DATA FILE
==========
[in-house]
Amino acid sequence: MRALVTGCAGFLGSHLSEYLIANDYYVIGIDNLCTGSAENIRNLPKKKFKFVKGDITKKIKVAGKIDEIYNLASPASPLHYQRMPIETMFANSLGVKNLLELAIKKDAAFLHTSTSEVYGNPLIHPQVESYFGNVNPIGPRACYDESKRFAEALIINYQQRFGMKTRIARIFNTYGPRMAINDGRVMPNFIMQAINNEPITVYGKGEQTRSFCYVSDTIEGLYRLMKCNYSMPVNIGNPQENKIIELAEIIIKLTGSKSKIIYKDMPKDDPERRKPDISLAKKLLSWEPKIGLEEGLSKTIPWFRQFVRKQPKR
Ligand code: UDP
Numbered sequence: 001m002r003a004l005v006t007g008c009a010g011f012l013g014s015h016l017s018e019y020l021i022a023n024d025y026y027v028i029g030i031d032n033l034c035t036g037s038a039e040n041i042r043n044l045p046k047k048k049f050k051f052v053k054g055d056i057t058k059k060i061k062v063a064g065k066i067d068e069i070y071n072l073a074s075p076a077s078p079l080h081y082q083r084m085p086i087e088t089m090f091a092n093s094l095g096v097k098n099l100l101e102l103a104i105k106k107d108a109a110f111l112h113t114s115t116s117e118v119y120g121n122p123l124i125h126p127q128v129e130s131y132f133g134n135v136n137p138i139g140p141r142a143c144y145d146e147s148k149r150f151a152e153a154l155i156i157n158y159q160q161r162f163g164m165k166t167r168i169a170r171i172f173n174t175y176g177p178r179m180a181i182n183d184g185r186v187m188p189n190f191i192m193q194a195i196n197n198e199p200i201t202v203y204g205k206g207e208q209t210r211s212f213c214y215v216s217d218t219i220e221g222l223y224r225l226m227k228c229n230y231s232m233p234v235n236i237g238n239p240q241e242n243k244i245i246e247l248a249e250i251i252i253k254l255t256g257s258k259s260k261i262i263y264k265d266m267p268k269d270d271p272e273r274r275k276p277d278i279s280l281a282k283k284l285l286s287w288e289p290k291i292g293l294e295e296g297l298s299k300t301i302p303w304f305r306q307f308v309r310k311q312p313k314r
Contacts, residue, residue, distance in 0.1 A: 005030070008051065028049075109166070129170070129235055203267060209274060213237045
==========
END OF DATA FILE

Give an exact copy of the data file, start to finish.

[in-house]
Amino acid sequence: MRALVTGCAGFLGSHLSEYLIANDYYVIGIDNLCTGSAENIRNLPKKKFKFVKGDITKKIKVAGKIDEIYNLASPASPLHYQRMPIETMFANSLGVKNLLELAIKKDAAFLHTSTSEVYGNPLIHPQVESYFGNVNPIGPRACYDESKRFAEALIINYQQRFGMKTRIARIFNTYGPRMAINDGRVMPNFIMQAINNEPITVYGKGEQTRSFCYVSDTIEGLYRLMKCNYSMPVNIGNPQENKIIELAEIIIKLTGSKSKIIYKDMPKDDPERRKPDISLAKKLLSWEPKIGLEEGLSKTIPWFRQFVRKQPKR
Ligand code: UDP
Numbered sequence: 001m002r003a004l005v006t007g008c009a010g011f012l013g014s015h016l017s018e019y020l021i022a023n024d025y026y027v028i029g030i031d032n033l034c035t036g037s038a039e040n041i042r043n044l045p046k047k048k049f050k051f052v053k054g055d056i057t058k059k060i061k062v063a064g065k066i067d068e069i070y071n072l073a074s075p076a077s078p079l080h081y082q083r084m085p086i087e088t089m090f091a092n093s094l095g096v097k098n099l100l101e102l103a104i105k106k107d108a109a110f111l112h113t114s115t116s117e118v119y120g121n122p123l124i125h126p127q128v129e130s131y132f133g134n135v136n137p138i139g140p141r142a143c144y145d146e147s148k149r150f151a152e153a154l155i156i157n158y159q160q161r162f163g164m165k166t167r168i169a170r171i172f173n174t175y176g177p178r179m180a181i182n183d184g185r186v187m188p189n190f191i192m193q194a195i196n197n198e199p200i201t202v203y204g205k206g207e208q209t210r211s212f213c214y215v216s217d218t219i220e221g222l223y224r225l226m227k228c229n230y231s232m233p234v235n236i237g238n239p240q241e242n243k244i245i246e247l248a249e250i251i252i253k254l255t256g257s258k259s260k261i262i263y264k265d266m267p268k269d270d271p272e273r274r275k276p277d278i279s280l281a282k283k284l285l286s287w288e289p290k291i292g293l294e295e296g297l298s299k300t301i302p303w304f305r306q307f308v309r310k311q312p313k314r
Contacts, residue, residue, distance in 0.1 A: 005030070008051065028049075109166070129170070129235055203267060209274060213237045